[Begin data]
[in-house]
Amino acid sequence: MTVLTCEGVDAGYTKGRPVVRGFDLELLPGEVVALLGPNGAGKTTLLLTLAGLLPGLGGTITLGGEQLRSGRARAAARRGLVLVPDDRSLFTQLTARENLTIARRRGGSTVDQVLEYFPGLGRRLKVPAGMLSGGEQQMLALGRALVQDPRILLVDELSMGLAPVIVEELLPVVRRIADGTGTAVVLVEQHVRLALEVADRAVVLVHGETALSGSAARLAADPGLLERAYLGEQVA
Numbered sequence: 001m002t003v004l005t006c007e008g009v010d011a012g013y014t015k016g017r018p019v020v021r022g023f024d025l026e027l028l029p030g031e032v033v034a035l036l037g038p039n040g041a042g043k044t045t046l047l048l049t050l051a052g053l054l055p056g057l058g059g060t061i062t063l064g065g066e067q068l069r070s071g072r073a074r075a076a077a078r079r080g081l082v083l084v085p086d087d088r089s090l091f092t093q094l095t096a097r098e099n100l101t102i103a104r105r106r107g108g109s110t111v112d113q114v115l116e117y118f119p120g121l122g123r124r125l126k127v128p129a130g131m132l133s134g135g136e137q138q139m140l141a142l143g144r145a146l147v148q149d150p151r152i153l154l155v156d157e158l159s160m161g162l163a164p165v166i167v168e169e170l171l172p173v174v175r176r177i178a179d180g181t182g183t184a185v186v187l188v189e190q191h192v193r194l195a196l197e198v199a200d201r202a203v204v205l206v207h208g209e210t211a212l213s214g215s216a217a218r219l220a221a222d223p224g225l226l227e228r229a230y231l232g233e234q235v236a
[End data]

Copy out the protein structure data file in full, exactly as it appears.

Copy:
[in-house]
Amino acid sequence: MTVLTCEGVDAGYTKGRPVVRGFDLELLPGEVVALLGPNGAGKTTLLLTLAGLLPGLGGTITLGGEQLRSGRARAAARRGLVLVPDDRSLFTQLTARENLTIARRRGGSTVDQVLEYFPGLGRRLKVPAGMLSGGEQQMLALGRALVQDPRILLVDELSMGLAPVIVEELLPVVRRIADGTGTAVVLVEQHVRLALEVADRAVVLVHGETALSGSAARLAADPGLLERAYLGEQVA
Numbered sequence: 001m002t003v004l005t006c007e008g009v010d011a012g013y014t015k016g017r018p019v020v021r022g023f024d025l026e027l028l029p030g031e032v033v034a035l036l037g038p039n040g041a042g043k044t045t046l047l048l049t050l051a052g053l054l055p056g057l058g059g060t061i062t063l064g065g066e067q068l069r070s071g072r073a074r075a076a077a078r079r080g081l082v083l084v085p086d087d088r089s090l091f092t093q094l095t096a097r098e099n100l101t102i103a104r105r106r107g108g109s110t111v112d113q114v115l116e117y118f119p120g121l122g123r124r125l126k127v128p129a130g131m132l133s134g135g136e137q138q139m140l141a142l143g144r145a146l147v148q149d150p151r152i153l154l155v156d157e158l159s160m161g162l163a164p165v166i167v168e169e170l171l172p173v174v175r176r177i178a179d180g181t182g183t184a185v186v187l188v189e190q191h192v193r194l195a196l197e198v199a200d201r202a203v204v205l206v207h208g209e210t211a212l213s214g215s216a217a218r219l220a221a222d223p224g225l226l227e228r229a230y231l232g233e234q235v236a